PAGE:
3 Key Issues Spectrum Pharmaceuticals Must Address
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On Tuesday October 9 Spectrum Pharmaceuticals’ (NASDAQ: SPPI) CEO Dr. Rajesh “Raj” Shrotriya was presenting at the 11th Annual BIO Investor Forum to provide an overview of the company’s business strategy and commercial and development-stage programs. As an investor in this company, I must admit, that once I saw the press release that Raj would be giving yet another presentation I was trembling, because I knew that the last couple times that Raj has spoken the stock has traded lower. However, the stock didn't trade lower by its usual 5% on the words on Raj, but rather just 2%
It has become almost an inside joke among shareholders, and among those who follow the company, when Raj speaks the stock trades lower. It has provided shorts with the perfect opportunity to make a significant amount of money. However, I can’t tell you why this occurs. Raj isn’t saying anything bad, he has kept true with all of his promises in the past. He recently gave revenue guidance of $300 million for 2012, and he continues to sell the company on the notion of its upside potential and its valuation. Overall, he gives a good presentation and isn’t saying anything to create pessimism, but he’s not saying what investors really want to hear either.
I am one of the more loyal followers of this company, but often express my dissatisfaction with its stock performance. The company is a fundamental gold mine, with industry leading growth, a massive pipeline, and strong cash. Yet it’s a technical nightmare, with high short interest, and patterns that are so easily predictable that those who follow the stock can easily call its hour-to-hour performance. But what’s even most frustrating than its trend is that Raj could quickly and easily change the perception regarding this company, along with its dismal performance. And if he’s reading then I hope he listens, because there are only three things that investors “really” want to hear:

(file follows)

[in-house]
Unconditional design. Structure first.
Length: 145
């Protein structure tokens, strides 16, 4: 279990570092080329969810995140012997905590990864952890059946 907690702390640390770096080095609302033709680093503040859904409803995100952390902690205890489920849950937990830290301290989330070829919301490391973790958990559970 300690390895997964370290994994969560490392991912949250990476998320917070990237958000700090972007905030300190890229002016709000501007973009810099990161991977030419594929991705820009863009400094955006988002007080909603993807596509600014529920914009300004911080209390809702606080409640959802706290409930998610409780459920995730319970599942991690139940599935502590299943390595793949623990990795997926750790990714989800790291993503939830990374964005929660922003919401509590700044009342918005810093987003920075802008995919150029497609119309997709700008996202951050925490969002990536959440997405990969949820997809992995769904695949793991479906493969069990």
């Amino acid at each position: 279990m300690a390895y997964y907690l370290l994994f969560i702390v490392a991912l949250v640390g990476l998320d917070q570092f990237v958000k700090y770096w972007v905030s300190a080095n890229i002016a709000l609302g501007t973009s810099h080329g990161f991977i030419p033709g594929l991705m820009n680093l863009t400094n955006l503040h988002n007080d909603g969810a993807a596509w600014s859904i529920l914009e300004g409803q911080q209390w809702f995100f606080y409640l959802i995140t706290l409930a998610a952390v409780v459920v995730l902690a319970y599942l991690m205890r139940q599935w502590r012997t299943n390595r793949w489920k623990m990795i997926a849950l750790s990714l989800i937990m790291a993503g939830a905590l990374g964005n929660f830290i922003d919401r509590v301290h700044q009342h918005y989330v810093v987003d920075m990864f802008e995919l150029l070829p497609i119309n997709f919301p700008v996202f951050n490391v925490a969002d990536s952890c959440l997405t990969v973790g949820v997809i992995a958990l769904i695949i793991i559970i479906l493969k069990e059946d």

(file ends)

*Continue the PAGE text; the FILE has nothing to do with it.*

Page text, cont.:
How to Grow Zevalin?
Spectrum Pharmaceuticals is a company that grows through acquisitions. It finds cheap and promising products and then buys the products for value presenting prices. This has worked to perfection for Spectrum, and it now has three approved drugs and is projecting revenue of $300 million to end 2012 compared to $192.96 million in 2011; which means the company should see at minimum another $105 million of net income. However, one of its drugs, Zevalin, has underperformed, and the company’s CEO admits that it has underperformed. But all he says is that “the drug is far better than Rituximab” and that “it could control 5-10% of the lymphoma market with $300 million per year potential”.
Like I said, he says all the right things. But last year the company had what investors thought was a huge win when the bioscan requirement was lifted, therefore making it cheaper for the patient and the physician to use Zevalin. Therefore investors have constantly asked why the drug hasn’t seen any level of increased sales. Raj says there are hurdles that the company must overcome and that once it attacks and conquers all logistical and regulatory issue that sales will start to rise and become the company’s next “Fusilev” (its fast-growing drug). But what investors really want to know is how will the company attack these issues, how long will it take, and when will Zevalin finally post gains in sales? We know it has potential, but what we don’t know is how the company will create growth from potential. And Raj needs to address and answer this question to move the shares higher.